Dinner Date with Red Beans & Rice

Way down yonder in New Orleans, the people are known nationwide for the delicious and soulful cuisine that puts smiles on faces and happiness in bellies. New Orleans is a melting pot of cultures that has contributed to the rich and illustrious culinary traditions of the city. What comes along with the delicious meals that the city is known for is an intriguing history that further explains the culture and social traditions of New Orleans. The city may be known for its gumbos, jambalaya, etouffee’s and po-boys but if there is one dish that truly speaks to the heart and soul of New Orleans it would have to be red beans and rice.

Dare I say it but, red beans to New Orleans cuisine is what jazz is to New Orleans music. Ironically one of the most simple and subtle dishes speaks to both the heart and soul of a city that is otherwise slightly difficult to explain to outsiders. New Orleans might be known as the big easy but life for many is anything but easy. Red beans are a dish that everyone eats, and one of the few foods that you will see prepared both at residents’ homes and at the fanciest white tablecloth restaurants in New Orleans. Its ubiquitousness and how it resonates with New Orleanians of all social spheres speaks to a shameful past. The reason why red beans and rice is commonly shared amongst all people is that the roots of the dish go back to the late 18th century. It is believed by scholars that the food was brought into common consciousness from the enslaved blacks that worked in the urban center of New Orleans. During the Haitian revolution, many slave owning whites fled San Domingue (now Haiti) for New Orleans bringing in tow many enslaved peoples with them. The population of New Orleans boomed in the late 18th century with a large influx of both whites and blacks that found a new home in New Orleans. Beans and rice was a dish commonly eaten among the enslaved people but, as domestic and urban slavery was more common in New Orleans, the dish would make its way on to the table of the white slaveholders becoming a common favorite. Food often cuts across and, in some cases, breaks social barriers, red beans being just one dish in a city that has both a beautiful and ugly history.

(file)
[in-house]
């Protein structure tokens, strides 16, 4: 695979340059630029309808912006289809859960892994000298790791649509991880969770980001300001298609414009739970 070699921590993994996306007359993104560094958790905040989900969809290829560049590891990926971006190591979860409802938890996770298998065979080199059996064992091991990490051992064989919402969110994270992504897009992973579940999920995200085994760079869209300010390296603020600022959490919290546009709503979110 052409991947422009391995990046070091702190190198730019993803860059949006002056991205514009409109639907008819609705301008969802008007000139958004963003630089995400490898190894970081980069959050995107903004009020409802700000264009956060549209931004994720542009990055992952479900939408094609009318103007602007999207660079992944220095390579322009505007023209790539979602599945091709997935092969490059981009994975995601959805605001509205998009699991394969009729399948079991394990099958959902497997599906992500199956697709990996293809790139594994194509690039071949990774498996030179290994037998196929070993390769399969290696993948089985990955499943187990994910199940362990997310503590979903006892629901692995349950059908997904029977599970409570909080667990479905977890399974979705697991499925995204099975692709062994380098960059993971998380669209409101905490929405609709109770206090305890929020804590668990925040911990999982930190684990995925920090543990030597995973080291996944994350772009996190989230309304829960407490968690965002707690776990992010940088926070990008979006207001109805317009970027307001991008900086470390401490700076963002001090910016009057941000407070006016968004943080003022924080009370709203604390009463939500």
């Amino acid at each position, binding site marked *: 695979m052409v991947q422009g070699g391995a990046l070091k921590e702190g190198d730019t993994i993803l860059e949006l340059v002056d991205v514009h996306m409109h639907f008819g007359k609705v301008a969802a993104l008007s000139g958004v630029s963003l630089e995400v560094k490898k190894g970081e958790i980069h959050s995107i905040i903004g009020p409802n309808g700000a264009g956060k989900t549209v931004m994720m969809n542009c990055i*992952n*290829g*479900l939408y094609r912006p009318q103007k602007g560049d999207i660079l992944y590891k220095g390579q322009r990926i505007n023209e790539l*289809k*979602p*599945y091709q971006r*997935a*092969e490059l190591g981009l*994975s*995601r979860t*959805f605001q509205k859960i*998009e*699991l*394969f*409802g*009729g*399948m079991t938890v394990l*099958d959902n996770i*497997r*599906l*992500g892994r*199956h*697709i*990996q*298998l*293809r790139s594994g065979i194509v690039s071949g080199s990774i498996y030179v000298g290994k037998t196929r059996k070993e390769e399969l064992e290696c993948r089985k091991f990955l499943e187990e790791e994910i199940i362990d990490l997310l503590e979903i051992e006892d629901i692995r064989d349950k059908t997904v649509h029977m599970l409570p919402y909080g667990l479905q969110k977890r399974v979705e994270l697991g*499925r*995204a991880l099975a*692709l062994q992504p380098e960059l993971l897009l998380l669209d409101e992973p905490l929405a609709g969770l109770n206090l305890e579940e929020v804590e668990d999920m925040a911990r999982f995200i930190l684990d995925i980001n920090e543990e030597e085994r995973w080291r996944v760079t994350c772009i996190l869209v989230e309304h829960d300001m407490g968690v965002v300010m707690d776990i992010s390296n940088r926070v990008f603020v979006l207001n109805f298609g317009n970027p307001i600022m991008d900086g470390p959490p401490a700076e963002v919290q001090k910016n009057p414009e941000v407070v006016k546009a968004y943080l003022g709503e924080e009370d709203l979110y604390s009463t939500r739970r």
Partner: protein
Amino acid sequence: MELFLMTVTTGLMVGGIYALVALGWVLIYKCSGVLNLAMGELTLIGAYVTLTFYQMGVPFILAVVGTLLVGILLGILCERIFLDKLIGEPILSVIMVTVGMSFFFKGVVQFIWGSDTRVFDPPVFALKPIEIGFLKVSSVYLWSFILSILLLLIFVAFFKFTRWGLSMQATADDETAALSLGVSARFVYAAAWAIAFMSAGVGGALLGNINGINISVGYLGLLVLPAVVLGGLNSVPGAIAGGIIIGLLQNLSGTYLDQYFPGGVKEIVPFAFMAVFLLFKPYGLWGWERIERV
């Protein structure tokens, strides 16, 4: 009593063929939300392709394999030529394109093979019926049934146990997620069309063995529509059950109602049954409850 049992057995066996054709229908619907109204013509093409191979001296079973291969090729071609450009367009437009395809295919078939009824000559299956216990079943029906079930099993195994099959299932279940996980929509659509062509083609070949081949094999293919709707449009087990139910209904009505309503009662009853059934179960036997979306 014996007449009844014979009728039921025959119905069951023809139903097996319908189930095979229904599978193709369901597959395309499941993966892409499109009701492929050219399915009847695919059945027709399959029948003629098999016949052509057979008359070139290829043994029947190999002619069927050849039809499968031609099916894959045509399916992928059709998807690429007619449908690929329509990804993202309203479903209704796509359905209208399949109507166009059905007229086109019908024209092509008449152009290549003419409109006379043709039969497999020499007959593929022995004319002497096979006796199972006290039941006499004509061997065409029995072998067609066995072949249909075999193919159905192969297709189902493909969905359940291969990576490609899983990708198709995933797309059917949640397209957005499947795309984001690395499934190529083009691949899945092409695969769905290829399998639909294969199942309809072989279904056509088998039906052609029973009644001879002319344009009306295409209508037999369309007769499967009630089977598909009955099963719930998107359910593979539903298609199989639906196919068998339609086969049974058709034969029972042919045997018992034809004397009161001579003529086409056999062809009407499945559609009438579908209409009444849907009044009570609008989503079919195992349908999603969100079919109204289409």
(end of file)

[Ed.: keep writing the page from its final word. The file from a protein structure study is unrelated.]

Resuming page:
It is a New Orleans tradition to cook red beans on Monday, this also goes back to the Haitian roots of the dish. Red beans are commonly prepared on Mondays due to the practice of Monday being laundry day. Enslaved workers needed a meal that could be prepared with minimal attention and effort while domestic chores were being carried out, and this tradition would remain a part of the cultural fabric of New Orleans. Even today, restaurants, cafes and even bars serve red beans and rice on Mondays. Another fact about red beans that many people that are not from New Orleans may not be aware of is that music lounges and dive bars will often serve free red beans and rice on Mondays. This tradition came from a marketing ploy to get patrons to listen to the music and buy drinks, but it was also a way to feed the musicians. In a city where quality music is in abundance, not everyone can make a solid living, bar owners would often cook the beans themselves and pay musicians with a meal if they could not afford to pay the whole band. 

Red beans have always been a cheap staple food and with a little bit of seasoning, meat such as ham hocks, smoked sausages and pickled or cured ham, a humble plate of beans could feel like a meal fit for a king. It should come as no surprise why red beans and rice are enjoyed by pretty much everyone in New Orleans and the state of Louisiana in general. It is one of my personal favorite foods and the absolute favorite food of New Orleans prodigal son, Louis Armstrong.

Although Louis Armstrong would make New York his permanent home, he always brought New Orleans with him. The spirit of this is exemplified in his love of red beans and rice, a cherished dish of Louis Armstrong. He loved red beans so much he often signed letters “Red Beans and Ricely Yours”. Louis’ connection to red beans most likely goes back to his childhood. He grew up in extreme poverty yet, his mother was able to afford a pound of red beans and like many mothers in New Orleans, cooked a delicious meal that fed the soul. Louis would often delight at the idea of wrapping up a stretch of touring by returning home to a big plate of red beans prepared by his wife Lucille, to whom he gave his recipe for the dish so that she could perfect it to his liking. Louis and Lucille even shared their recipe for red beans with Freda Deknight; food editor for Ebony magazine. Deknight promoted and elevated African American cuisine and was considered a pioneer for introducing a cookbook to the general public that was geared to a Black audience. Deknight named the Ebony cookbook after a quote from Louis Armstrong speaking on his love of red beans and rice. Louis is quoted “My favorite of all dishes is just plain ham hocks and red beans, Ol’ man season them well! Add the right spices at the right time, and man, you have a date with a dish”. In 1948 Deknight would publish “A Date with a Dish” the Ebony magazine cookbook.

Copy of Freda DeKnight’s Ebony Cookbook

As we are all doing our best to stay safe during the Covid-19 pandemic, I would implore you all to put on a big pot of red beans while you quarantine at home. It is quite easy to make and requires very few ingredients, maybe if you’re feeling inspired, cook Louis and Lucille’s recipe which can be found in the LAHM digital archives. Stay safe, red beans and ricely yours!

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